The WikiMedia Foundation Office. Photo by Dmgultekin.
Last week, I looked into the edits that computers inside of Canada’s House of Commons had been making to Wikipedia, and found out that several Canadian politicians had their staffers edit out sections of their boss’s articles pertaining to their personal controversies, ethics investigations, and spending scandals. Digging into the Wikipedia edits made by powerful organizations is not necessarily a new thing, but after code was released earlier this month for a Twitterbot that automatically tweets anytime a computer within a certain IP range (an array of internet addresses associated to a government or corporation) edits Wikipedia, online alert systems that monitor edits from known government and corporate IPs sprung up all across the web. For the Canadian government, that account is called @GCCAEdits.
This proliferation of Twitterbots has created a landslide of data, and much of it is fairly innocuous. Oftentimes, this data simply reveals that government employees or corporate workerbees are editing Wikipedia articles to pass the time, that often pertains to nerdy subjects like video games or TV shows. But every so often you can catch an example of censorship—usually reversed by the Wikipedia community—where a government or corporate actor tries to blur, or simply redact, certain truths from the internet.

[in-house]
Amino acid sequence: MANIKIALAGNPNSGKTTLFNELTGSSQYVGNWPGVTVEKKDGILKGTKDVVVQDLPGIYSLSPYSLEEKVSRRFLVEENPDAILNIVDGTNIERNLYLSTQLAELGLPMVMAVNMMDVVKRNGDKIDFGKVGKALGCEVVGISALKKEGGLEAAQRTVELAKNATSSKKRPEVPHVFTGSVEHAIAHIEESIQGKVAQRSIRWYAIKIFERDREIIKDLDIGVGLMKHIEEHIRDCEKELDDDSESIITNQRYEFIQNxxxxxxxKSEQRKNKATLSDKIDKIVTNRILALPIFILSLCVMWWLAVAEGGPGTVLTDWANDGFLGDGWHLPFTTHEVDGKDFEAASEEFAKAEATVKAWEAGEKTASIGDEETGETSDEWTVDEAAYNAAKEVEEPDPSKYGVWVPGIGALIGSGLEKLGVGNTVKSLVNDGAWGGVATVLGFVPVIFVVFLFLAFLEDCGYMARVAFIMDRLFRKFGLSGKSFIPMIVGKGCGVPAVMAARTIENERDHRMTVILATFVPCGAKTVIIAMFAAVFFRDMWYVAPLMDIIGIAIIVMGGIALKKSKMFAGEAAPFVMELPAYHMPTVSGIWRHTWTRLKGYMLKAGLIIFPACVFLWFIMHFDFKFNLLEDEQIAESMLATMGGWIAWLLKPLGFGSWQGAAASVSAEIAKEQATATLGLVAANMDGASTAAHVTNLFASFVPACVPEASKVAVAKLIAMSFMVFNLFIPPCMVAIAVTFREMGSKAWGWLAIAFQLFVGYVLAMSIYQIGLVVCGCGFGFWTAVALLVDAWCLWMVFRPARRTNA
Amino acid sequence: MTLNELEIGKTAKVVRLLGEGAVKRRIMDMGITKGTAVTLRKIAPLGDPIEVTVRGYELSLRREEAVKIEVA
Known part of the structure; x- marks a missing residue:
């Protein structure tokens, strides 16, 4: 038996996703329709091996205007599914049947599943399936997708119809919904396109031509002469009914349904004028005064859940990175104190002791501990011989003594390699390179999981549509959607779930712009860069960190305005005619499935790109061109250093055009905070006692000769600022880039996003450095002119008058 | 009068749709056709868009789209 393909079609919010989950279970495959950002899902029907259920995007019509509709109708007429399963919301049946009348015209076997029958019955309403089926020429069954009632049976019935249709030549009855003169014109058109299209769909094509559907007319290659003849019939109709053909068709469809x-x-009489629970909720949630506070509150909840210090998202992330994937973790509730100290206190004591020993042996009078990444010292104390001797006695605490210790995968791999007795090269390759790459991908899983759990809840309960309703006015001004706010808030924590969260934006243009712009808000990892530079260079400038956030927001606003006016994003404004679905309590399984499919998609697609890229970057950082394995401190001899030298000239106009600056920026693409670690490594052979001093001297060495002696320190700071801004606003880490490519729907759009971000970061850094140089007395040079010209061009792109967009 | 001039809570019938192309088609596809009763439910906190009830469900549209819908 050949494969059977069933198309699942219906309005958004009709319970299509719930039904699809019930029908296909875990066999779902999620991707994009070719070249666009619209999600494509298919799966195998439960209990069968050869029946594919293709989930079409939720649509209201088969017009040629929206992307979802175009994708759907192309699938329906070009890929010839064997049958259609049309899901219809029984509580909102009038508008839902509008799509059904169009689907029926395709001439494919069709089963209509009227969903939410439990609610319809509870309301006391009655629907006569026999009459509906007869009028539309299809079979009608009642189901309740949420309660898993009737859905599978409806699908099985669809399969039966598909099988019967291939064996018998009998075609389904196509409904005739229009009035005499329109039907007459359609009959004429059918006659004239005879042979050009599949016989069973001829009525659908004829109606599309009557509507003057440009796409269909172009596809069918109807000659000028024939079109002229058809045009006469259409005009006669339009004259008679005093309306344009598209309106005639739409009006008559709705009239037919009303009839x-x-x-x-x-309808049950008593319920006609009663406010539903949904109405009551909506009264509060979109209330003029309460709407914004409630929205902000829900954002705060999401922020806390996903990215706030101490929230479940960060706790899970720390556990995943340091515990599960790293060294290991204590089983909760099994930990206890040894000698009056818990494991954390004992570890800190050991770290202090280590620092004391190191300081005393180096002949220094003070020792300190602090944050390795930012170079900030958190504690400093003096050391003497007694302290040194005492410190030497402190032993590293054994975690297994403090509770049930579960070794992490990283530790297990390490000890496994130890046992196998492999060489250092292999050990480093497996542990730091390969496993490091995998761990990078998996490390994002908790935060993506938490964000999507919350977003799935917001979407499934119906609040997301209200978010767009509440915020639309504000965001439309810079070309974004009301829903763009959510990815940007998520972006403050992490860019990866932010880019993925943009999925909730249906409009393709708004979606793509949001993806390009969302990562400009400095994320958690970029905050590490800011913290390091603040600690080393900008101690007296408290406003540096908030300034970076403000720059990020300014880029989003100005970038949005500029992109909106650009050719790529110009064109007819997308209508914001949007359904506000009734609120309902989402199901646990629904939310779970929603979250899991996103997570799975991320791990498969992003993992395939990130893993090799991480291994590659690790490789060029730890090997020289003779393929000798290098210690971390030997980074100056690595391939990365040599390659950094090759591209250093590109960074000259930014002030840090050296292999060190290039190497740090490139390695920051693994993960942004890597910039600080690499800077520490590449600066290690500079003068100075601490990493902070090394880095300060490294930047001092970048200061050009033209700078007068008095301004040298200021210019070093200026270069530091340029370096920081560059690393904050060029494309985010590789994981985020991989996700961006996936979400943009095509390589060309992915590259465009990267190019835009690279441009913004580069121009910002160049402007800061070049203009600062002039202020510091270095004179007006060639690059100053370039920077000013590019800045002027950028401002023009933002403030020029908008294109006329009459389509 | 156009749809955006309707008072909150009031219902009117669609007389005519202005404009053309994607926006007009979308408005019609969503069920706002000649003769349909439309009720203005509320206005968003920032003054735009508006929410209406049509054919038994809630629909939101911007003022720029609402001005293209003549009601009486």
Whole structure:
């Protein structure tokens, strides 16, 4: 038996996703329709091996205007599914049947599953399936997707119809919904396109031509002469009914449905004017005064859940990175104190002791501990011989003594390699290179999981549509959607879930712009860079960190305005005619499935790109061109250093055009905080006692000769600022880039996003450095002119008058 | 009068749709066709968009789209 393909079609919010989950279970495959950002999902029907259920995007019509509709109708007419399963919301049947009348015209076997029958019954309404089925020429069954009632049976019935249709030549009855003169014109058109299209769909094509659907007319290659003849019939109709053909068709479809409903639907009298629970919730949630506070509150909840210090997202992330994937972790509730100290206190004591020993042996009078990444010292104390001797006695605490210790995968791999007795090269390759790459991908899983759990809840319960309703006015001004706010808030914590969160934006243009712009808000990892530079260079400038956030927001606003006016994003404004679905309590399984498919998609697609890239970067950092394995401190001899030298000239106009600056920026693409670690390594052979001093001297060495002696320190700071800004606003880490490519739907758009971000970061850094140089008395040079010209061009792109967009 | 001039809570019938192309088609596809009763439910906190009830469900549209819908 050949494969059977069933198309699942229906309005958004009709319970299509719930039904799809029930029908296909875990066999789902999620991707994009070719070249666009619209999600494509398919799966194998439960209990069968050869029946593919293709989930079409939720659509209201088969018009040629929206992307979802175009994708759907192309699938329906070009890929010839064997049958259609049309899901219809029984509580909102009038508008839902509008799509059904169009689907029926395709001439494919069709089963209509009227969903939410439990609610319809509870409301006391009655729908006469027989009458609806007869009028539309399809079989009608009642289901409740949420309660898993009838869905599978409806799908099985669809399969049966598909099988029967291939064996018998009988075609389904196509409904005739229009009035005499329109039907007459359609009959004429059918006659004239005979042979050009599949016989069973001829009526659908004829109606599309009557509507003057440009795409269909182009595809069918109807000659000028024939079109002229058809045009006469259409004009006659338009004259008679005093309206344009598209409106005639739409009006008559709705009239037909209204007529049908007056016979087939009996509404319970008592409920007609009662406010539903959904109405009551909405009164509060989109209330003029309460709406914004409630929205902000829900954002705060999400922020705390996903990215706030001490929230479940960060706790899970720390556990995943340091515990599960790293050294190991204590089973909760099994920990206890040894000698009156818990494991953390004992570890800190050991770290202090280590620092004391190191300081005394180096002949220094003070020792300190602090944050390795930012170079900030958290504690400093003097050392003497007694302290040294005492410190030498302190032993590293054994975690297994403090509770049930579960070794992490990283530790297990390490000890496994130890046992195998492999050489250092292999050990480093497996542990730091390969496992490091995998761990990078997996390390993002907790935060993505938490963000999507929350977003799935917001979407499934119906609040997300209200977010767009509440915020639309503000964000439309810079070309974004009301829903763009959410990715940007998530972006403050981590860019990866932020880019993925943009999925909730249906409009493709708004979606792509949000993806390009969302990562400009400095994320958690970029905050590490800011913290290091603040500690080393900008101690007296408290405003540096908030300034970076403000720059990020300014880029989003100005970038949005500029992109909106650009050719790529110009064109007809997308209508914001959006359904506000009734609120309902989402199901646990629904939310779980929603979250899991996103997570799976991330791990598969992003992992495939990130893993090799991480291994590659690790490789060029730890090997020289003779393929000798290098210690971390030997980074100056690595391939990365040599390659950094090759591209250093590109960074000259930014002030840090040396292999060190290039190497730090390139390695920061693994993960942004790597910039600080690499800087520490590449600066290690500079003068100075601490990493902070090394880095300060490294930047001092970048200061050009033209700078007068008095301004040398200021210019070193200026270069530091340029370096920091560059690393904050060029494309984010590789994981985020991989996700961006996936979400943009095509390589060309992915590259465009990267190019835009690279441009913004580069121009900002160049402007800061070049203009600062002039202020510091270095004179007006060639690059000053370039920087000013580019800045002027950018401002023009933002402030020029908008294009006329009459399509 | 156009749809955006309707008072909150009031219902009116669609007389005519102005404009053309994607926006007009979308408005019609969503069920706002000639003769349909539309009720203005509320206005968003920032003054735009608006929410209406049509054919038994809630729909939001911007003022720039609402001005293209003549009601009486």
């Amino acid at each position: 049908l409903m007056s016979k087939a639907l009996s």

Since writing about the Wikipedia edits last week, I found a few interesting edits that provide a glimpse into the biases and agendas of both government and industry.
For example, a computer from Enbridge Gas changed every mention of Canadian “tar sands” oil in an article about the horrible Kalamazoo River spill (that they caused) to “bituminous sands” because it is technically more correct, I guess, but probably because it’s less icky to read about. They also made several edits to the Wikipedia page of their own CEO, mainly to add in new photos of him, while fluffing it up with positive information about his career.
Another edit I discovered was from a computer inside CAPP’s network (the Canadian Association of Petroleum Producers), which added in a passage to the article for Alberta’s Federation of Labour (AFL), that made mention of the AFL’s president catching a DUI and crashing his car. I guess someone at CAPP has a beef with the AFL!
A third edit I caught came from Canada’s House of Commons, where the Wikipedia page for CFS Leitrim, a Canadian Forces base in Ottawa known to house signals interception equipment for CSEC (our version of the NSA) was edited to remove all information about CSEC.
Part of me thinks this was done just to fuck with those of us watching the Wikipedia edits, since it was made after the well-publicized GCCAEdits Twitterbot went live. But maybe a government employee thought scrubbing information about the super-secret spy agency would be effective. Either way, the CFS Leitrim article has since been edited so that CSEC is mentioned once more.